“I’m not half…I’m double.”

“My experience growing up as Ha-Fu was back in 1990s, and I truly hope that things are different in Japan today. But I suspect that many Hafu children who live in Japan still struggle with discrimination. The Japanese government has a long way to go to open up the country and be part of the international community.” In her heartfelt article published on the blog Gaijinpot, writer Yumi Nakata describes her experiences growing up as a “hafu”, a Japanese term describing people with one parent coming from a different culture than Japan. Partly from her own experiences, partly from other sources, she talks about the daily challenges, the bullying and isolation of “hafus” within the Japanese society, a biography shared by so many still today.

Being a very homogeneous society, Japan still has trouble adapting to change. In 2017, Hikaru Toda’s documentary “Of Love & Law” set out to point at homosexuals, women and transgender people and what kind of challenges as well as treatment they have to endure in Japan. Bilal Kawazoe’s film “Whole” follows a similar principle as it shows the experiences of “hafus” in Japan, their struggles and their everyday battles against being labelled because of their “otherness”.

Whole is screening at Osaka Asian Film Festival

The life of Makoto (Usman Kawazoe) is defined by doing odd jobs, taking care of his mother and going out with his friends. Even though he experiences being reduced to his status as a “hafu” by strangers remarking on his magnificent skill in the Japanese language, he does not care too much about these incidents.

However, the same cannot be said for Haruki (Sandy Kai). Coming home from the Unites States, his family is disappointed to hear the news he has dropped out of college. Because he feels misunderstood by his parents and friends, he walks aimlessly through the streets of his hometown, searching for a purpose until he bumps into Makoto. The two men, both marked by their experiences as “hafus” become friends giving each other strength to perhaps leave behind the prejudices and discrimination they had to face in their lives.

Despite the issues Kawazoe’s film tackles in its 44-minute-runtime, “Whole” is a wonderfully quiet, almost contemplative movie. Although especially Sandy Kai’s character visibly suffers from being constantly exposed as a “hafu” with people commenting on his language skills and different other appearance, the focus of Usaman Kawazoe’s script is on how to overcome these experiences. While his own character seems to be oblivious to these encounters – most of the first half of the film shows him in his daily routine between work and hanging out with friends – his own struggle is one that is more internal, less visible.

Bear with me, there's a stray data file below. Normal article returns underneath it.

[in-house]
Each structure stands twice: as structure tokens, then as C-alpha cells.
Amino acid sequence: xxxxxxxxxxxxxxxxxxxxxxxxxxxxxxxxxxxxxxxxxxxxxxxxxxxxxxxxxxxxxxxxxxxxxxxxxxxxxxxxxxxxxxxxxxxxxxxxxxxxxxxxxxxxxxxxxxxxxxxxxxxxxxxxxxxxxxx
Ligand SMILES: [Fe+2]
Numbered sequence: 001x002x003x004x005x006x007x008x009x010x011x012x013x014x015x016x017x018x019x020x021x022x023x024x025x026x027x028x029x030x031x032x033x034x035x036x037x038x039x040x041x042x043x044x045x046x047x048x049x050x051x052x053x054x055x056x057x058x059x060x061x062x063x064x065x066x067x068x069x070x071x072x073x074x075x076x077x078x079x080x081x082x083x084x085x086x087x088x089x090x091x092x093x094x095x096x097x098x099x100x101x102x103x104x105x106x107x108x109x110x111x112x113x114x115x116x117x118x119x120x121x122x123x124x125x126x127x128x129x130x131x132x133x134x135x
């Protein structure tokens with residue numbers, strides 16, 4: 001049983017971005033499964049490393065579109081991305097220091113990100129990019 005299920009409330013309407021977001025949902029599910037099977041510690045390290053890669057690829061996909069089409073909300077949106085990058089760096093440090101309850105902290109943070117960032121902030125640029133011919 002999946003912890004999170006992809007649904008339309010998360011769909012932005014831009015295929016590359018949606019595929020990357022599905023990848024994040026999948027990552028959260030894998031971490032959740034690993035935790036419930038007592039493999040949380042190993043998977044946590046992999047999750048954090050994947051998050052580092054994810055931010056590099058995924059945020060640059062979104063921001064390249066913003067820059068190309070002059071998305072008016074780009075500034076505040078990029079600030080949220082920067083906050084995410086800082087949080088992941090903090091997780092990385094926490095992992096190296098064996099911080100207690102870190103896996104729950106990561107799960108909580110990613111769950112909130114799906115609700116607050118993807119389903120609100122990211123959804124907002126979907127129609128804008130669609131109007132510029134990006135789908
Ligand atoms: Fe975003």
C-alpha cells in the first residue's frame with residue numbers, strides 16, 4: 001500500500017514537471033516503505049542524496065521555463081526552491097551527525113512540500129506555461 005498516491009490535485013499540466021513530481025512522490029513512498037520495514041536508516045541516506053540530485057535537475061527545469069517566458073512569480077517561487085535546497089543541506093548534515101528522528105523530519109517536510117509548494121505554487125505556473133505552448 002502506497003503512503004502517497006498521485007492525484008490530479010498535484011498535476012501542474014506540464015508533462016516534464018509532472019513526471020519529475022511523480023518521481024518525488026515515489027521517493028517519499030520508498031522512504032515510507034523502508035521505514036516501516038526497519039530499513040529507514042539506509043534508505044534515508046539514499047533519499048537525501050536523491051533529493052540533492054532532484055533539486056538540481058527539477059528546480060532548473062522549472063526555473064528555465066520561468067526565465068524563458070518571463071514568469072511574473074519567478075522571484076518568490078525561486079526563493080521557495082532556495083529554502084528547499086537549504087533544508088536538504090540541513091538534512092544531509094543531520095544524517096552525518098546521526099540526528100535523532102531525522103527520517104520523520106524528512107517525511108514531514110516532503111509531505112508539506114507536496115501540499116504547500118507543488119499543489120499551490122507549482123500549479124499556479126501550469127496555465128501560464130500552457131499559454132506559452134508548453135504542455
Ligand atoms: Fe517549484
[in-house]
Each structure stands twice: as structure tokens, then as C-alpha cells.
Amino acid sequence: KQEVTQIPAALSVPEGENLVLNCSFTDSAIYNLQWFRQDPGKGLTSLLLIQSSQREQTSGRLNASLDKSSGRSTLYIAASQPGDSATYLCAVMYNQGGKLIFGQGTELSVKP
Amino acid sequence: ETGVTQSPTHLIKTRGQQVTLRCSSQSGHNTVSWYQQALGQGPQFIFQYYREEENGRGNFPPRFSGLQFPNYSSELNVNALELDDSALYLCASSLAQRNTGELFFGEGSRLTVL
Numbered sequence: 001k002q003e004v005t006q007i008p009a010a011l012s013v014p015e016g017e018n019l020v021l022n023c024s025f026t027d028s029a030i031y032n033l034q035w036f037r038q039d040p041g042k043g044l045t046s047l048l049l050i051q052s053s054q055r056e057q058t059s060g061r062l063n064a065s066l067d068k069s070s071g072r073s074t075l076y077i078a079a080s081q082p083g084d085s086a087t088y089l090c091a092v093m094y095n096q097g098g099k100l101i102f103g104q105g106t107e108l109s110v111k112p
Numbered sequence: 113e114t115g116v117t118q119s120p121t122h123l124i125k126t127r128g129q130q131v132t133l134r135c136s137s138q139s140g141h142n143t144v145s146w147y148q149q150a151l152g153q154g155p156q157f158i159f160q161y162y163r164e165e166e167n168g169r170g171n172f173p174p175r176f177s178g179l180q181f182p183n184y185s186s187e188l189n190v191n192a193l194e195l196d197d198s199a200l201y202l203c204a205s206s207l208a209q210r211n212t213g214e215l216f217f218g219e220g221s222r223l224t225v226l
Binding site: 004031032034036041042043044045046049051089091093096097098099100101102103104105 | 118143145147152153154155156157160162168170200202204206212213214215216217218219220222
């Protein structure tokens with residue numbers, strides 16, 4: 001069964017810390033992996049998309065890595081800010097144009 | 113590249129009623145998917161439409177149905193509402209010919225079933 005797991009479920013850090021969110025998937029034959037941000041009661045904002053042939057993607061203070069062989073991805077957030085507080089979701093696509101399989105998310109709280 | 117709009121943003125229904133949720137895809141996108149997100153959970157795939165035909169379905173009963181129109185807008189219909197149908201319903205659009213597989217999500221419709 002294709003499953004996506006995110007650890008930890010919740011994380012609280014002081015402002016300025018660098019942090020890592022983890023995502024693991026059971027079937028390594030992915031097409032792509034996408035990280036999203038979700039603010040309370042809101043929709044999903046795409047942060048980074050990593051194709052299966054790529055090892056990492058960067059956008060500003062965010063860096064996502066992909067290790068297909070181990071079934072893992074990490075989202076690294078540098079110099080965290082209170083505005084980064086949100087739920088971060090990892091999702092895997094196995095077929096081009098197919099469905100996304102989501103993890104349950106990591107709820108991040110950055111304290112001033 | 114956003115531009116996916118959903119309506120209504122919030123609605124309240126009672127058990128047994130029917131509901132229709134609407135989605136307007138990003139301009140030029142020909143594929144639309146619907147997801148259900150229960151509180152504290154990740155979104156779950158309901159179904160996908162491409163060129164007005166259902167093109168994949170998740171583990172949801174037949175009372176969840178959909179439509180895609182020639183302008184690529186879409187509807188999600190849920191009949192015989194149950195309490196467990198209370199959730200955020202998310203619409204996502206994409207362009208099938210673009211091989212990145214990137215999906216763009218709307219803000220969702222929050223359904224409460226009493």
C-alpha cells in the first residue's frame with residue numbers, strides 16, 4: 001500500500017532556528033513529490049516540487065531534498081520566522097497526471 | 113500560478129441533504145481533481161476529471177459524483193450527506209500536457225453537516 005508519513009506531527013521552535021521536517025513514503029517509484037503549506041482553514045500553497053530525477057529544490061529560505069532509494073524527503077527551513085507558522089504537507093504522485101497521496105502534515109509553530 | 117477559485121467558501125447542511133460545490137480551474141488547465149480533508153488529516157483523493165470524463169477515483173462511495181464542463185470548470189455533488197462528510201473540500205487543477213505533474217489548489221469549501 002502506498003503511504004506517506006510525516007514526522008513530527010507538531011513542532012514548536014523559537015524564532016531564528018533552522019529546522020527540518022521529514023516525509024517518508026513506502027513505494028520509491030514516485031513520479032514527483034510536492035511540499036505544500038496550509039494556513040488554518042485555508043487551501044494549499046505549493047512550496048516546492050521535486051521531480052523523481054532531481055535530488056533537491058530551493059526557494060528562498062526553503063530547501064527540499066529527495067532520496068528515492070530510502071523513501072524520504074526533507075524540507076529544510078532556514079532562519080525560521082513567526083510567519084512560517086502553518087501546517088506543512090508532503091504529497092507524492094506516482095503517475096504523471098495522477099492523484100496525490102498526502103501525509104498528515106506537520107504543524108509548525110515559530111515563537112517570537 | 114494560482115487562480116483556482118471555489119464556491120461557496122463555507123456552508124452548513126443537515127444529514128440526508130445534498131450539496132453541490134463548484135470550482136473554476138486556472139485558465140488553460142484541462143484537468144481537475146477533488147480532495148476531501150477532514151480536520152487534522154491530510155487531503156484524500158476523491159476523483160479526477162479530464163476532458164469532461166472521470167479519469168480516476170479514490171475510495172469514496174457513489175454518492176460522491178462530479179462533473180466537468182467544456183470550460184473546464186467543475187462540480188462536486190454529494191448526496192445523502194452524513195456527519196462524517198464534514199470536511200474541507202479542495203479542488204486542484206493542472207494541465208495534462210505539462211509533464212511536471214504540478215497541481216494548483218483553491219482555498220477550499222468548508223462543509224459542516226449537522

Visually, the world created in the film is somewhere between the post-industrial areas of Japan to the more affluent neighborhoods where Haruki’s family lives. Nevertheless, both experience the same treatment from the outside world, are often seen in solitude, seemingly lost within a world which has become a strange, yet necessary evil for both of them.

Overall the issue of aimlessness, supported by the missing father figure in both character’s lives, contains a strong, dramatic aspect of the film. Without delving into melodramatic depths, “Whole” stays true to its title, following each character’s path to become whole or “double”, as Makoto puts it in one scene.

“Whole” is a transitional film about lack of orientation in life and overcoming life’s frustrations. Considering its tone and the nature of its visuals, Kawazoe portrays a possibility to escape a cycle of being shunned, of feeling excluded. The result is a quiet, moving tale about identity and friendship.

Sources:

Nakata, Yumi (2014) Growing Up As A Hafu In Japan
https://blog.gaijinpot.com/live-hafu-japan/, last accessed on: 02/21/2019

Advertisement
Ever since I watched Takeshi Kitano's "Hana-Bi" for the first time (and many times after that) I have been a cinephile. While much can be said about the technical aspects of film, coming from a small town in Germany, I cherish the notion of art showing its audience something which one does normally avoid, neglect or is unable to see for many different reasons. Often the stories told in films have helped me understand, discover and connect to something new which is a concept I would like to convey in the way I talk and write about films. Thus, I try to include some info on the background of each film as well as a short analysis (without spoilers, of course), an approach which should reflect the context of a work of art no matter what genre, director or cast. In the end, I hope to pass on my joy of watching film and talking about it.

LEAVE A REPLY

Please enter your comment!
Please enter your name here